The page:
That version of events is something Silva has never disputed, but his defense of his actions changed during his interview with police and then again during his trial, where a jury found him guilty of murder.

At first, Silva said he went to the home to protect his daughter and acted in self-defense. During his trial, he testified that he was drunk.

Allen County prosecutors poked holes in both defenses, as did Judge John F. Surbeck when he spoke to Silva on Monday before his sentencing.

“There was no need to defend (your daughter) because she was already with you,” said Surbeck, who called the killing one of the most brutal he had seen. “You’re simply grasping at straws to defend your brutality.”

Surbeck gave Silva the maximum for murder – 65 years in prison. He then tacked on another 30 years because of Silva’s past, which includes convictions for battery, sexual misconduct with a minor and neglect of a dependent, all of which brands him a habitual offender.

Silva, who tips the scales at nearly 300 pounds, sports a shaved head, small glasses and a tattoo of his name in Old English lettering down the back of his forearm, sat in shackles during Monday’s hearing.

Upon being called a coward by Deaton’s cousin – the fourth or fifth person to do so during the hearing – he became upset. His jaw clenched, and he began making hand motions toward Deaton’s family, along with a few choice words.

An Allen County Sheriff’s officer had to tell him to be quiet and cool down.

“You see him in there?” said one of Deaton’s family members outside the courtroom when it was all over. “He’s not sorry. He was talking the whole time.”

‘Doing a lot better’

Christian Deaton, with a head full of curly hair and the lanky body of a basketball player draped in a Fort Wayne Mad Ants T-shirt and athletic shorts, loved the media attention.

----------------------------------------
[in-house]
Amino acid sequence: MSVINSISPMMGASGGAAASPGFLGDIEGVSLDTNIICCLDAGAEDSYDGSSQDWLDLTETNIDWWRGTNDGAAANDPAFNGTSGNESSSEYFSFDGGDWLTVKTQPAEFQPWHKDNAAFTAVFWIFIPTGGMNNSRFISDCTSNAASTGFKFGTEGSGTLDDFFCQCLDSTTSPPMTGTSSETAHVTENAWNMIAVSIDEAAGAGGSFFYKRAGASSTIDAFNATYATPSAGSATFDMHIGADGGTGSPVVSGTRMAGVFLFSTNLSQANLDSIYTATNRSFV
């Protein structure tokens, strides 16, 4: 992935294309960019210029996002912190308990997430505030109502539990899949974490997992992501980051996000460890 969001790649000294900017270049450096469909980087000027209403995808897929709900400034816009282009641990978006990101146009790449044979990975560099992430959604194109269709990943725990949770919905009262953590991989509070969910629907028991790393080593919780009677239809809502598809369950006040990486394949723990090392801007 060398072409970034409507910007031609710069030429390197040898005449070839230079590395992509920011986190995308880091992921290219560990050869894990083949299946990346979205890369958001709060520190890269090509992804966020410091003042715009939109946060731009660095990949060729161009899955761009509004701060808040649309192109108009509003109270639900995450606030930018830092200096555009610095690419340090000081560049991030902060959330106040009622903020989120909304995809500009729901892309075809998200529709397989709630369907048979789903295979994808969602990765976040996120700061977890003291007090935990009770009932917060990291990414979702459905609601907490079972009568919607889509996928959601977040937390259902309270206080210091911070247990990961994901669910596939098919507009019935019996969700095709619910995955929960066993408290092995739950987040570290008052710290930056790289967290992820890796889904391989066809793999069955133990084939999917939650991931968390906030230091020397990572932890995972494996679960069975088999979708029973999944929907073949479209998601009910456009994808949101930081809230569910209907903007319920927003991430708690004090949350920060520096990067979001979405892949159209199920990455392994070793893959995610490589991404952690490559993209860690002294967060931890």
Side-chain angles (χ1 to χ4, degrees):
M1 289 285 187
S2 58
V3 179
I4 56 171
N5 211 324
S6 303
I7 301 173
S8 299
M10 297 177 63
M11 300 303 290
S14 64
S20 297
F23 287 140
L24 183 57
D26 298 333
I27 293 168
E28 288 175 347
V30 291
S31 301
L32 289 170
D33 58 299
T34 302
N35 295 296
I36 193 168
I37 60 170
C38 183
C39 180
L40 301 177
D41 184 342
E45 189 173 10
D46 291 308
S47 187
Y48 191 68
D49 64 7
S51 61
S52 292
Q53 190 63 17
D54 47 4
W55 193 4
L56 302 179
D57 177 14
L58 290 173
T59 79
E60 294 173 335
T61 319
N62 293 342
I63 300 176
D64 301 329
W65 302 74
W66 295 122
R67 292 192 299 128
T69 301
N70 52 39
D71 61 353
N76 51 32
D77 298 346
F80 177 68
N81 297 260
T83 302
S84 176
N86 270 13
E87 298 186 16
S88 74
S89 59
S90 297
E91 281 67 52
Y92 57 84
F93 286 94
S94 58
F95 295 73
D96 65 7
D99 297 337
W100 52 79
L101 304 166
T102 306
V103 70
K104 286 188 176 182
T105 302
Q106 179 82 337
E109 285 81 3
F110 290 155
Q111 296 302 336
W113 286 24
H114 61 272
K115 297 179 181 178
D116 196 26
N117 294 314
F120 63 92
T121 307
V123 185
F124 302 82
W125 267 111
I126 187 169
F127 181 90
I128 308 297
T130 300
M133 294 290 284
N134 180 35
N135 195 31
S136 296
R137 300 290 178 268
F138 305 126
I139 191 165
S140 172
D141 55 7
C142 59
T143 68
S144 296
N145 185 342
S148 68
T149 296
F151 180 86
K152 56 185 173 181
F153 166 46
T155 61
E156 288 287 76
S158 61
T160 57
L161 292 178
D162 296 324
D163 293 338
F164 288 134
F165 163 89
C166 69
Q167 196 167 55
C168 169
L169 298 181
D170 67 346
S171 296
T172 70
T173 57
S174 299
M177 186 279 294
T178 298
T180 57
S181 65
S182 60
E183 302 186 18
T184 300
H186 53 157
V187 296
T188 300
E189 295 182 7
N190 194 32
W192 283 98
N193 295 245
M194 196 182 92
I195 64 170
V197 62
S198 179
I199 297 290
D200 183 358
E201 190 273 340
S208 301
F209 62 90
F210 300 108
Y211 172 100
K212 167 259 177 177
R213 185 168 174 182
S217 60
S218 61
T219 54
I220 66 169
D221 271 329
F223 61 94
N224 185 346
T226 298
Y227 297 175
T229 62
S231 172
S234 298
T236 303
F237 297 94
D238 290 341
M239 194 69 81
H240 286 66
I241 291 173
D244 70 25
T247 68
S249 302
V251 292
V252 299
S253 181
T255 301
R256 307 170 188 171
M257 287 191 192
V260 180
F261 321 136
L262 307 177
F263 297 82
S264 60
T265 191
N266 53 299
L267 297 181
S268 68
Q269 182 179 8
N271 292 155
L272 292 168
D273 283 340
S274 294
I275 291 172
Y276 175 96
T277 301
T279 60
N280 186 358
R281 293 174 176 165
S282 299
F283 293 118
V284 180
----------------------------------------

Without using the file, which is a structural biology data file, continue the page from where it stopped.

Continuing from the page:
He and his family walked out of the courtroom hugging and crying, this time with relief and some joy as opposed to how they cried in the hospital room last summer. Upon hearing the sentence they applauded.

But then they answered questions, including time in front of television cameras. People with notebooks and recorders wanted to hear their story, their reaction to all the emotions that flowed out in the courtroom.

“It’s great,” said Teresa Tinsley. “He got what he deserved.”

They all agreed it had been a roller coaster ride, and Christian Deaton used sign language to express that he felt good it was over.

For Sirena Rodriguez, Christopher Deaton’s step-daughter and the sign language interpreter for Christian, it was almost too much.

“This was really hard,” she said.

“We stayed up all night going through what he wanted to say in there. I don’t think he said everything he wanted.”

Rodriguez, like the rest of the family, was glad everything was done, but she wanted no part of the media attention – despite Christian’s efforts to pull her in.

“There’s no way. I already told him,” she laughed.

But she watched and smiled as Christian soaked up the few minutes of attention with excitement. He had come a long way since that day in the summer when he saw his father lying on a hospital table.

“He’s doing a lot better than a lot of us are,” Rodriguez said.